Country Living Magazine: A New Trend in Korea

The magazine “Country Living” (정원생활) has taken on a new level of sophistication in its design and its content. In a word, “Country Living” presents an appealing image of rural life that is tempting to Koreans in their 30s and 40s. It is hard to imagine such an image of rural Korea previously, a place most Koreans wished to escape for the modernity of the big city (usually Seoul) but things are changing rapidly in Korea these days. Most magazines about country life tended to be rather drab descriptions of agricultural activities with older women in bright colored outfits.

“Country Living” is presenting rural Korea these days as if it were Tuscany or Provence. I personally have thought that much of rural Korea is stunningly beautiful and full of very attractive villages. The biggest problem is simply that Koreans do not see how beautiful their countryside is. Beautiful homes are covered by ugly “modern” facades. Elegant streets are defaced with attention-grabbing neon signs. But there are signs of change.

Already we see traces of reverse migration. Young people who leave the crowded and crazy city to set up their own small organic farm in the countryside. Although the trend is statistically not significant, the rate of increase is quite impressive.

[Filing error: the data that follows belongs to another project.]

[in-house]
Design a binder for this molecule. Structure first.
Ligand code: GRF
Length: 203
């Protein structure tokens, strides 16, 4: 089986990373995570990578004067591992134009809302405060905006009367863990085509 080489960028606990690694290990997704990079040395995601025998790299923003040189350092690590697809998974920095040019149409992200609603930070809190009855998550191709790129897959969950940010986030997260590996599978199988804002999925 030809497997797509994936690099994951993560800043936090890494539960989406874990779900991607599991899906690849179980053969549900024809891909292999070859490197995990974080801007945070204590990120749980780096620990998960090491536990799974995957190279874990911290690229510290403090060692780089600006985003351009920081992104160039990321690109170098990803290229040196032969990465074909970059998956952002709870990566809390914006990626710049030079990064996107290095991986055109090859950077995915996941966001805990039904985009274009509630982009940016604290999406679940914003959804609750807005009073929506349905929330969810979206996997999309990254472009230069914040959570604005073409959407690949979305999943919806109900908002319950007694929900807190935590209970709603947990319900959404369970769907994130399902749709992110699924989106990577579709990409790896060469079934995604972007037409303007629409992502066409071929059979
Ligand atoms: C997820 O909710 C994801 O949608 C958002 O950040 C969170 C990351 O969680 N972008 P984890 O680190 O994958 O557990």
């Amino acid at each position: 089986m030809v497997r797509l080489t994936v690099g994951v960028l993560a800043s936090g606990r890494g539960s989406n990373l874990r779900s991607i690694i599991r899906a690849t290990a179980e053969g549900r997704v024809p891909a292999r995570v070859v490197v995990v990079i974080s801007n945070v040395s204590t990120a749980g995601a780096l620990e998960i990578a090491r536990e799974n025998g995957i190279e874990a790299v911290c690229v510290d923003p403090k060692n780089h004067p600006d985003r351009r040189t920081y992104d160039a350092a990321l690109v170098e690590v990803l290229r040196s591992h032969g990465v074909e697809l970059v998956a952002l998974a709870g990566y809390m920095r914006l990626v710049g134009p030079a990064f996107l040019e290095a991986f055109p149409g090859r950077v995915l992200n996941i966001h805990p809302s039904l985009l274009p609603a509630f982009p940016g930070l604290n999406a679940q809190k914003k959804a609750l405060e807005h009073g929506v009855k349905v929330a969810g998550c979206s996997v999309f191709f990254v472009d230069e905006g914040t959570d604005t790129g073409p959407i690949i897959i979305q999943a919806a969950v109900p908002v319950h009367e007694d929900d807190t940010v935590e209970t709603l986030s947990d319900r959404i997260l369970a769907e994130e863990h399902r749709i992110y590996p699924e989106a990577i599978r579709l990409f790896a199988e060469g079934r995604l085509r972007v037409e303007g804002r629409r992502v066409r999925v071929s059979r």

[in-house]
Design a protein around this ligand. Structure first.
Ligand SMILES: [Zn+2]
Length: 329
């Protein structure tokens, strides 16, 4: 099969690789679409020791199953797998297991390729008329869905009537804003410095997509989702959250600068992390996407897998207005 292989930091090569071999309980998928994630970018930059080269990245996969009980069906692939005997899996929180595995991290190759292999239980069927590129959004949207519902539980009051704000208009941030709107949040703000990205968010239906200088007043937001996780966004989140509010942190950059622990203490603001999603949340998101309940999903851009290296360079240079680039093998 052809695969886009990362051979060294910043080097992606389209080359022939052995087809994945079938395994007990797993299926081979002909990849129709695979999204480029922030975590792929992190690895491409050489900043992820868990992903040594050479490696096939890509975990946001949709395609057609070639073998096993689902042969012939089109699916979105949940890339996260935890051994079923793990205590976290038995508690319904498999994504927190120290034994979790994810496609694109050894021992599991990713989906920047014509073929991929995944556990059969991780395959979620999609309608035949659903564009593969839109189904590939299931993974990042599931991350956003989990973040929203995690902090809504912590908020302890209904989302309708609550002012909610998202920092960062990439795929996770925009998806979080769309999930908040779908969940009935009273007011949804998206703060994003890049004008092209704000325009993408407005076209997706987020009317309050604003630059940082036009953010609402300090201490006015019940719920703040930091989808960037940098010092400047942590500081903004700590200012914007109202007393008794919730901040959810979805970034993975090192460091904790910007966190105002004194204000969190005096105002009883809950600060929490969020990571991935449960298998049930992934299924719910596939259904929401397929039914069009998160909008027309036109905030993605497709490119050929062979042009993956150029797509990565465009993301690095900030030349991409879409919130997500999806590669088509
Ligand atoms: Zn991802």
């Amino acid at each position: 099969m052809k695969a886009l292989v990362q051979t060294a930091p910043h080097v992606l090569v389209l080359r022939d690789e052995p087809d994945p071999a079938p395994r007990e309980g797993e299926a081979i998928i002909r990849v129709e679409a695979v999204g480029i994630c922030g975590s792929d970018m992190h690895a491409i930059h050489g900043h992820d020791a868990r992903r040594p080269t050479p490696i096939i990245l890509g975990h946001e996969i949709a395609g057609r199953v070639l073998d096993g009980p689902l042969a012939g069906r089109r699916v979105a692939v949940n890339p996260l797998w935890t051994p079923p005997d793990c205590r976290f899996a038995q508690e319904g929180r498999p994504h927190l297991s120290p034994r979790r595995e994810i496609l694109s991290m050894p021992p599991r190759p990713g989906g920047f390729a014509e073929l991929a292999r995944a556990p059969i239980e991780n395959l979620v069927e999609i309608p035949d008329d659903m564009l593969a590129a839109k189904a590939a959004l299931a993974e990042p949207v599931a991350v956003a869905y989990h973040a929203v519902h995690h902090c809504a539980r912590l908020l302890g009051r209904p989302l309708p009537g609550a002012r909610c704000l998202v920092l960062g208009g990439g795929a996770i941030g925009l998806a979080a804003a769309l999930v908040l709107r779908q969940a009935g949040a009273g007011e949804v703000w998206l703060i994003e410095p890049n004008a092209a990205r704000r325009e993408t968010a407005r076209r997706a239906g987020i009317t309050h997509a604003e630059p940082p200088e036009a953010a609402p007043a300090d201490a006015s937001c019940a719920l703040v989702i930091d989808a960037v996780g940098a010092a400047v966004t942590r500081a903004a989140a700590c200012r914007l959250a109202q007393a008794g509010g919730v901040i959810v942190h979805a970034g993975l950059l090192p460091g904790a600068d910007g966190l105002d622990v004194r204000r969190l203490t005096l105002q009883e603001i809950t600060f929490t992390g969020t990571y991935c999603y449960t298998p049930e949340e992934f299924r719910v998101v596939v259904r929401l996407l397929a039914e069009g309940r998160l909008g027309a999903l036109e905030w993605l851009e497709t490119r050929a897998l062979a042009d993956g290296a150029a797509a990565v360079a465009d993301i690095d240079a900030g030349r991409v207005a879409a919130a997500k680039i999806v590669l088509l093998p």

The director of the Alliance Francaise of Daejeon, Monsieur Jeon Changgon (전창곤), has a delightful small house in a small village up in the hills near Gumsan. The village is inhabited almost exclusively by farmers in their seventy and eighties, but as houses are opening up, cultured figures like M. Jeon are buying up the homes and fixing them. M. Jeon did a remarkable job, retaining the original spirit of the home, and bringing in antiques, but cleaning it up and modernizing it in a few essential aspects. I have met a few other Koreans similarly engaged in moving back, or buying country houses. I think the trend is growing.

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